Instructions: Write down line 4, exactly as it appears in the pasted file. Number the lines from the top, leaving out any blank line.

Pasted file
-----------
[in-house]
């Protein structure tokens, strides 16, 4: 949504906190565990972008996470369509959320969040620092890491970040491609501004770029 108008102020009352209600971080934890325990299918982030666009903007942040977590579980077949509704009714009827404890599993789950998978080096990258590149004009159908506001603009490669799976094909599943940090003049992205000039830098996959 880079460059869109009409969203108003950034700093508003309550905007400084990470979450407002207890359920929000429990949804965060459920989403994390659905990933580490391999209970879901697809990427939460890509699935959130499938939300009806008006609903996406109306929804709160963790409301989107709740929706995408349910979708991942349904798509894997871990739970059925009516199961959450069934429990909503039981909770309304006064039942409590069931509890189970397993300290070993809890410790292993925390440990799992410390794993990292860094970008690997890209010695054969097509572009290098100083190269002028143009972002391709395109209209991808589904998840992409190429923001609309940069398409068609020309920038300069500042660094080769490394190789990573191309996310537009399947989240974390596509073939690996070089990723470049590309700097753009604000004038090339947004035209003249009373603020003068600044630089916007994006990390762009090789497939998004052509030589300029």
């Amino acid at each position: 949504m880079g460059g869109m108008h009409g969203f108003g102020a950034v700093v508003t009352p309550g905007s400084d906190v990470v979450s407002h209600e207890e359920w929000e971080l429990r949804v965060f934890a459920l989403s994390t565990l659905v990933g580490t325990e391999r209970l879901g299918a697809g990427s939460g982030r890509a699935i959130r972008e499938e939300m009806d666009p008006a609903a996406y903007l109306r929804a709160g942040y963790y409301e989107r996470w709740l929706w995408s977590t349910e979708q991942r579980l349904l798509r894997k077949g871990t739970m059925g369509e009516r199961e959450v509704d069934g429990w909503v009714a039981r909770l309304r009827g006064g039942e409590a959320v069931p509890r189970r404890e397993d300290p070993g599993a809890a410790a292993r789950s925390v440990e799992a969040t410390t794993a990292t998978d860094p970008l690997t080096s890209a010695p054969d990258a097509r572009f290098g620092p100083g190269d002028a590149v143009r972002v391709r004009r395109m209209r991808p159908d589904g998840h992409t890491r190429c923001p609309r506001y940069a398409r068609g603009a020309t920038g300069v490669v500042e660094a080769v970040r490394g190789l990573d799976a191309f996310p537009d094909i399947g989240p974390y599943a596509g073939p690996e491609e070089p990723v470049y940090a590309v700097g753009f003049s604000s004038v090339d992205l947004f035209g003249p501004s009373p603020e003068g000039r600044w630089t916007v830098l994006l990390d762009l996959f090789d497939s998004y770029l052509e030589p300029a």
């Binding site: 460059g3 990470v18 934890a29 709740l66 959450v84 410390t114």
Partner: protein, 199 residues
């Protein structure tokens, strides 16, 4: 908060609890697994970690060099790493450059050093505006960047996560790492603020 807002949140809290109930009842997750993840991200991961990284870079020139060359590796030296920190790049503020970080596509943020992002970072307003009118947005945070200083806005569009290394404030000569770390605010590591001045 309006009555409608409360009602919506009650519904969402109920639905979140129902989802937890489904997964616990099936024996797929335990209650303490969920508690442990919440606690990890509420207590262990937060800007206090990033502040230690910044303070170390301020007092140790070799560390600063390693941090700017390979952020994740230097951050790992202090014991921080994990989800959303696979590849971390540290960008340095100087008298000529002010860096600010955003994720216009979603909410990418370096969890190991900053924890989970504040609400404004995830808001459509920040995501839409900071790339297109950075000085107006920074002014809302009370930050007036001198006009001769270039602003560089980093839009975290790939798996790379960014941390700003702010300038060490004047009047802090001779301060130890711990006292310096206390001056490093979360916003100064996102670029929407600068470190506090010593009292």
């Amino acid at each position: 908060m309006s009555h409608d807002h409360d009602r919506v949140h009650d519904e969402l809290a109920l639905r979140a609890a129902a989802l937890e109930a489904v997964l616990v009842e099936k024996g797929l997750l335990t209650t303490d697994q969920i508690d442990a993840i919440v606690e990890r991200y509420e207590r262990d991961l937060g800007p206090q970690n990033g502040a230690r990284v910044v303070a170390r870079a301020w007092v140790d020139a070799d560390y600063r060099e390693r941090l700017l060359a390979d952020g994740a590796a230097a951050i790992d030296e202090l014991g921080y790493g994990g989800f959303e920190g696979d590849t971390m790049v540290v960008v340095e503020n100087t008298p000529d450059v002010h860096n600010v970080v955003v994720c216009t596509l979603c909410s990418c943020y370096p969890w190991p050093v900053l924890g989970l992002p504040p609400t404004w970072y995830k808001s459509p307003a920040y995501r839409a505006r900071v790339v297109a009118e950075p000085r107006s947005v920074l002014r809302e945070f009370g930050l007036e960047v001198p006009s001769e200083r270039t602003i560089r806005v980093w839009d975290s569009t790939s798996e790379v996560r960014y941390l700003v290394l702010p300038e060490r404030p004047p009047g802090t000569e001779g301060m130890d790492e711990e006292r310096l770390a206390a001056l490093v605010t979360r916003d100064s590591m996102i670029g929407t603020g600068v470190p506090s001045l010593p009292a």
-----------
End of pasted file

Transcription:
């Binding site: 460059g3 990470v18 934890a29 709740l66 959450v84 410390t114």